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  • The episode "Spaghetti Western And Meatballs" has Mr. Frond introduce his A.B.S. method of conflict resolution, as well as a subplot that climaxes with Gene and Bob being confronted and pursued by a shirtless Choo-Choo and his father. It's something of a Stealth Pun that Choo-Choo and his dad are therefor literally using their "abs" in a conflict. Based on the events of this episode, Choo-Choo apparently always takes his shirt off when he's ready to start a fight: Maybe Mr. Frond saw him do this on the school grounds once before and the whole "A.B.S." acronym took off from there.
  • Why did Bob name his son Eugene/"Gene" instead of Robert III (aside from Eugene also being the name of Gene's voice actor)? It's because of the pressure Bob got from being the Jr. of a man who has to make sure everything is done exactly the way he wants it. He didn't want to risk Gene feeling he needed to be another "Bob"!

Fridge Horror

  • In "Art Crawl", Louise becomes a drill-sergeant-like manager to no one's surprise. As the episode goes on, she is overseeing Andy, Ollie, and another kid with red hair who is unrelated. Among all of the shouting that she hurls, Louise seems to switch gears for a minute when talking to Andy and Ollie at the table.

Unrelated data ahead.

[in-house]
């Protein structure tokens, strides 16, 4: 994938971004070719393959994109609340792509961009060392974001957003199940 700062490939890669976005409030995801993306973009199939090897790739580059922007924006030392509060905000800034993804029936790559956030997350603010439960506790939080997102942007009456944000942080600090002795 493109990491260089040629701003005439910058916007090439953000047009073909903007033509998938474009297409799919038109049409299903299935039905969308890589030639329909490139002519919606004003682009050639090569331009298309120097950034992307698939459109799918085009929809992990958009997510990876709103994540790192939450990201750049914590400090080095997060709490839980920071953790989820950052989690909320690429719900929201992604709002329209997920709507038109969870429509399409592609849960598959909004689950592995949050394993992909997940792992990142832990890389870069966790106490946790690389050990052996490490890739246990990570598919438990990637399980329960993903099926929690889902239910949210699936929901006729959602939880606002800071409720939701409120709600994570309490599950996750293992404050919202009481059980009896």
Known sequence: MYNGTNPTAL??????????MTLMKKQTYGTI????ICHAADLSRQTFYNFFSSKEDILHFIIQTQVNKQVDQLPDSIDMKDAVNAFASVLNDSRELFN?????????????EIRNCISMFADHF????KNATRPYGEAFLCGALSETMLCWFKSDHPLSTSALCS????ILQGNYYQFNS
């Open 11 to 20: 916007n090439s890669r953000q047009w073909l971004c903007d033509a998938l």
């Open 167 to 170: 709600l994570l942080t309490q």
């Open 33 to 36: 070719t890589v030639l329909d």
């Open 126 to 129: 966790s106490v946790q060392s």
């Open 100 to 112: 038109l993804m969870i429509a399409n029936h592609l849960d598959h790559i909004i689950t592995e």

Louise: (Sweet, loving voice) Andy, Ollie, come 'ere...(puts hands on both and pulls them in) Listen, I'm pushing you because you've got talent, babies. And I'm gonna take care of you, oh, you better believe it. But first you gotta make some money for Mommy. OK, babies?
    • This line isn't particularly meaningful until the viewer looks at the context involved. It's made clear in the show that Ollie and Andy are raised by their father (and not necessarily in a loving way). Their real mother is nowhere and is never mentioned...a fact that Louise surely knows. What Louise could possibly be trying to do with this line is intentionally invoke Ollie and Andy's emptiness for the love of a mother in their lives, and use that deep psychological emptiness to get better art out of them. And worst of all? Louise abandons them there. And at the end of the episode, after Louise has left the table for several hours, Ollie and Andy are still waiting for their "Mommy" to return. The red head child has left, but Andy asks Ollie, "Do you think she's coming back?" Granted, Louise does eventually return (with the express intention of collecting more paintings from them!) but it seems to be a pretty cleverly conniving tactic on her part.